SAN FRANCISCO — Golden State Warriors general manager Bob Myers is “pretty confident” that he’ll be able to sign star guard Stephen Curry to an extension this summer after the 33-year-old led the league in scoring by averaging 32 points a game and was a top-three finalist for the MVP award.
“I don’t see any reason not to be optimistic,” Myers said during an end-of-the-season video conference on Monday. “He seems like he’s motivated; we’re motivated. I would say pretty confident we’ll get something done.”
As ESPN’s Bobby Marks noted, Curry’s new extension would be record-setting: He would become the first player in NBA history to sign two separate deals worth over $200 million. Curry became the first player to sign a supermax extension in 2017 while inking a deal worth $201 million over five years. He is now eligible to sign a four-year $215.4 million extension that would keep him under contract through the 2025-26 season.
“Obviously we want Steph back in the worst way,” Warriors coach Steve Kerr said. “There’s no reason to think why that won’t happen. We’re excited about that. We’re excited about next season. You know, coming back with Draymond [Green] and Steph playing at such a high level to finish the season and to get Klay [Thompson] back and to have the opportunity to fortify our roster, to see these young guys emerge, it’s all very exciting.”
One of the reasons the Warriors remain so excited is that they are confident that Thompson, who missed his second straight season after suffering ACL and Achilles injuries, will return to the floor. As Myers pointed out, it doesn’t appear likely that Thompson will be ready for the start of the regular season.
“I don’t know that it’ll be the start of the year,” Myers said. “We’ll see more as camp gets closer. When I say start of the year, I mean Game 1. I don’t know if that’s realistic or not. That’ll be less than a year. … I don’t know what date the season opens up, but I think that’ll be 11 months. I don’t know that that’s realistic.
“I want to talk about Klay a lot, but I’m reluctant because I don’t want to use that as an excuse. I don’t want people to think, when Klay comes back, everything is going to be great. As great as he is, and it will help a lot, we have to look at our team and say Klay will be a huge addition, but there’s other areas where we need to improve on as well. But I don’t know exactly when it’ll be.”
Myers said a key for him heading into the offseason is adding veterans to the roster. Aside from Curry, who Myers said played with a “small hairline” fracture of his tailbone down the stretch, and Green, the Warriors didn’t have a strong veteran presence like they did off the bench in years past.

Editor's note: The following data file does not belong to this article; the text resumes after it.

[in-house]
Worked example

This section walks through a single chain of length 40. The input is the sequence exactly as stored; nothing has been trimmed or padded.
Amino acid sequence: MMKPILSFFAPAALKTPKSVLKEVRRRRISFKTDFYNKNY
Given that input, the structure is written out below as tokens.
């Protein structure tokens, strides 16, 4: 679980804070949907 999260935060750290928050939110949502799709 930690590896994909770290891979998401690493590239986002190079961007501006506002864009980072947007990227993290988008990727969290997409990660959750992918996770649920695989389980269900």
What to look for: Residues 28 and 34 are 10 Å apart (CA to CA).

“I do know we need veterans, and the one area I can say without kind of equivocating is we have to add some veterans in free agency,” he said. “We just have to. We’re well aware of that. We’ll try to do it. We actually tried to do it last year with a few guys, so it wasn’t as if that mindset didn’t exist. It doesn’t matter, nobody cares, but we were in second place with quite a few guys that I think were veteran, could have helped, but they chose to go to a team after Klay’s injury that they thought they could win it more, and that’s fair to them.”
Myers offered an explanation for why the Warriors struggled to add a greater veteran presence compared to other teams in recent years.
“Some even said, ‘Had Klay not gotten hurt I would have come,'” Myers said. “Who knows if that’s true or not. But that’s the thing we hope we’ve accomplished in the last couple months, is proven to some of those kind of guys, I think the Warriors can win. They have to believe that. I hope we’ve showed that we’re close. But that’s what you get when you’re looking at a vet minimum guy or a vet taxpayer that’s maybe taking less money, is can I win with the Warriors? There’s no doubt they like playing with Steph and they love Steve, and I think they view our organization as one that takes care of its players.”
One of the players the Warriors appear to want to take care of most is 20-year-old center James Wiseman. After Wiseman’s up-and-down rookie season that ended abruptly after he suffered a meniscus tear in his right knee in April, Myers made it clear that he did not plan to deal the young center during the offseason.